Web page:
Historically speaking, the Methodist tradition has been plagued by trying to contain the theological problem of how to hold Calvinists (followers of John Calvin) like George Whitefield and Arminians (followers of Jacob Arminius) like John Wesley. Charles Wesley tried to gloss over the differences by using language and frames of reference from both in his hymns. But it did not resolve John’s and George’s disagreements over theology. So Whitefield began his exile (my term) of preaching in America and occasionally in the British Isles. Though George died in the colonies, he arranged for John to preach his funeral sermon in England.
The same differences in theology plague us today. I have put together a more expansive statement on this in my personal blog at http://jerryeckert.blogspot.com.
The evangelical fervor which led to the missionary movements in the 18th and 19th centuries and disrupted the settled denominations in Europe and North America (the main complaint was that the religious life and practice of the settled churches was not really Christian as far as the Calvinists were concerned). The Calvinists focused on conversion (being saved from sin) while most other churches emphasized sanctification (becoming more and more like Christ). The Calvinists tend toward believing in inerrancy of the Bible and the rest include other sources of revelation such as reason, experience, and tradition.
In America, United Methodism has tried to hold Arminianism and Calvinism together. There are deep pockets of both, hence there are large swaths of Arminian-type United Methodists, largely in the north and west and Calvinist-type United Methodists largely in the south. In world wide United Methodism, Arminianism prevails in Western Europe and Calvinism tends to influence the mission areas (former colonial areas to Europe) in most of Africa and Asia.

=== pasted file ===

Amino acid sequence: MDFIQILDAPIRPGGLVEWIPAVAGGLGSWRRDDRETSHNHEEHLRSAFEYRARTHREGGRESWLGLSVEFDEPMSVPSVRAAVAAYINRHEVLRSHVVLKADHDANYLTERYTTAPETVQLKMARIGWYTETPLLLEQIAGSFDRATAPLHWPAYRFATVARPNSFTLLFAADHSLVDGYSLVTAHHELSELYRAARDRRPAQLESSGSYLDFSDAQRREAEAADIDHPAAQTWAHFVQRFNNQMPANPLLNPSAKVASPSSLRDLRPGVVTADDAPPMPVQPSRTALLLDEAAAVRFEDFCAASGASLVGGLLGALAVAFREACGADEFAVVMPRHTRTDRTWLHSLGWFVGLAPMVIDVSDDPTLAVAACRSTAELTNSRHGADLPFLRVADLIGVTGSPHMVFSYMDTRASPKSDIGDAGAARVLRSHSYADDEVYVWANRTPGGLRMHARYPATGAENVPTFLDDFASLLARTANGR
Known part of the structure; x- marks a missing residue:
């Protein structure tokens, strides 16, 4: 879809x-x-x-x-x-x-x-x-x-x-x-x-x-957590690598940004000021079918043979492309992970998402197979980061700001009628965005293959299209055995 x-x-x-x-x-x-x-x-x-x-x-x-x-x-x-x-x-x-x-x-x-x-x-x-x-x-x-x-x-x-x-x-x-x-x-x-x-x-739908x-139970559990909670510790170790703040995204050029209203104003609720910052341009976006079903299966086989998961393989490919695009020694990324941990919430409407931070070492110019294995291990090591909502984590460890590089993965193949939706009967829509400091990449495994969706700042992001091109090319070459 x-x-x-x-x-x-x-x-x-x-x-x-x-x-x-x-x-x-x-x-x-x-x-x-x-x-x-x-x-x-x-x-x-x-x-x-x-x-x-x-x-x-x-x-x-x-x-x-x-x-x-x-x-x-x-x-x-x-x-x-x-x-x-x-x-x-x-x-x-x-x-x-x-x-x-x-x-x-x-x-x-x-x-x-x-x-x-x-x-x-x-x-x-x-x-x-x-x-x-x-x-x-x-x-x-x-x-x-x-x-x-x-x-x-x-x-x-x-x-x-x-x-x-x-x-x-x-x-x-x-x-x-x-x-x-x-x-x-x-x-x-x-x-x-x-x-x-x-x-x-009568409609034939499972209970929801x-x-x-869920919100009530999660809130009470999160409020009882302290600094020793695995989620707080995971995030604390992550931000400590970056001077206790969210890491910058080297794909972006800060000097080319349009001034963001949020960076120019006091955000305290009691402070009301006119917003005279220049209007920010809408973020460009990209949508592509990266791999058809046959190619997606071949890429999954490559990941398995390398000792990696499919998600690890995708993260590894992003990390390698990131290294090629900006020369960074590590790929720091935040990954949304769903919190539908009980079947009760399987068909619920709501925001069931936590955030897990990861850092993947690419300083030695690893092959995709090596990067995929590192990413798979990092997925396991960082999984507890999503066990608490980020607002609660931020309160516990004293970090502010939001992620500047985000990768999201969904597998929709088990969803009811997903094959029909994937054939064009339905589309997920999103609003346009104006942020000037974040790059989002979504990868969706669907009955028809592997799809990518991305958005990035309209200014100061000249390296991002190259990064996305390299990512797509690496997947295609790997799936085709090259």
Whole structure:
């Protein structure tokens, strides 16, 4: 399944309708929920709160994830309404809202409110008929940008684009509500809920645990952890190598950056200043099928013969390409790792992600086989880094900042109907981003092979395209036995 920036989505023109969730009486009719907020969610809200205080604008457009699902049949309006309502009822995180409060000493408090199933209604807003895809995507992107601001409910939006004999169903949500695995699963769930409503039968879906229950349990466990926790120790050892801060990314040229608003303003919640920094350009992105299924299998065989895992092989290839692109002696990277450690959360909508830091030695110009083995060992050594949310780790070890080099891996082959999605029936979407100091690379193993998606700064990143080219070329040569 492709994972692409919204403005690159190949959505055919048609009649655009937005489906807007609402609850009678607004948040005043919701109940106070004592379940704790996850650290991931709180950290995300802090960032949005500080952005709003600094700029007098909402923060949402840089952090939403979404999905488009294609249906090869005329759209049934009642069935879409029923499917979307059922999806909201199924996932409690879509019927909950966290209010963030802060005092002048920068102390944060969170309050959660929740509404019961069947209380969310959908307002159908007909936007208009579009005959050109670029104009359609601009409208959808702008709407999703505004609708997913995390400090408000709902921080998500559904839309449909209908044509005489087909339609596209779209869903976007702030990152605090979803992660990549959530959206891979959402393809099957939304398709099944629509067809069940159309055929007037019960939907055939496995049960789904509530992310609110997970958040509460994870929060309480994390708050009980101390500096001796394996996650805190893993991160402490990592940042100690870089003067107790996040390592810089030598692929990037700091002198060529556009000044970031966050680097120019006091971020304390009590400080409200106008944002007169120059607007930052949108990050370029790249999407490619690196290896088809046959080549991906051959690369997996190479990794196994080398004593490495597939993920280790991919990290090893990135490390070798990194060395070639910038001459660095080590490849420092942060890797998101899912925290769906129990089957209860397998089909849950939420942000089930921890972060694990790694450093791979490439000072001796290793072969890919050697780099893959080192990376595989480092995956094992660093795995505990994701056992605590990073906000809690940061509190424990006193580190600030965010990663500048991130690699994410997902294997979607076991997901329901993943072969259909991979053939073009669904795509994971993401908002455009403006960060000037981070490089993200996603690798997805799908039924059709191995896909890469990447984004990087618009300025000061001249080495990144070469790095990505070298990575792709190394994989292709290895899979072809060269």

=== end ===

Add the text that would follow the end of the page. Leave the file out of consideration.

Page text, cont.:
Since 1972, the Calvinists in America serving as United Methodists have taken as their flag the fight against homosexuality. Why that instead of abortion (which was carefully resolved in the 1960s in our Social Principals) or divorce (also resolved back then) or racism (on paper we’re good), is because it was controversial for the first time in the 1960s when a popular Baltimore pastor came out of the closet, throwing the denomination as a whole into an uproar, and then having a civil court stop the denomination from kicking him out.
Homosexuality was a non-issue up to that point. There was little real data, experience, or tradition in the church at the time so the Calvinists took the new use of the term “homosexual” as the Revised Standard Version translation of the words in their original language used instead of the term “pedophile” and raised that flag to assert their response to the controversy.
While every nation, every culture, has among its people those who are homosexual, not all societies have had a niche for them. The Calvinists were thrilled when an African bishop addressed General Conference in the 1990s saying the Church must deal with the problem of homosexuality.
I take this much space to remind you, dear reader, that the Arminians among us feel their tradition has been violated by the Calvinists and the Calvinists think they are the bearers of traditional Christianity and each side has lots of support and a long history in the church as it stands today, though neither’s true history extends back before 1500 A. D. In fact, in our denominational history, until 60 years ago, neither tradition really bothered with concerns about homosexuality. It is a mostly modern issue in the lifetime of around half of UMC members worldwide.
But it is our problem and this commentary needs to address the current manifestation of this wedge issue in the remaining decisions of the Council from February and April of 2019.
And global warming is dangerously upon us while we squabble . . . .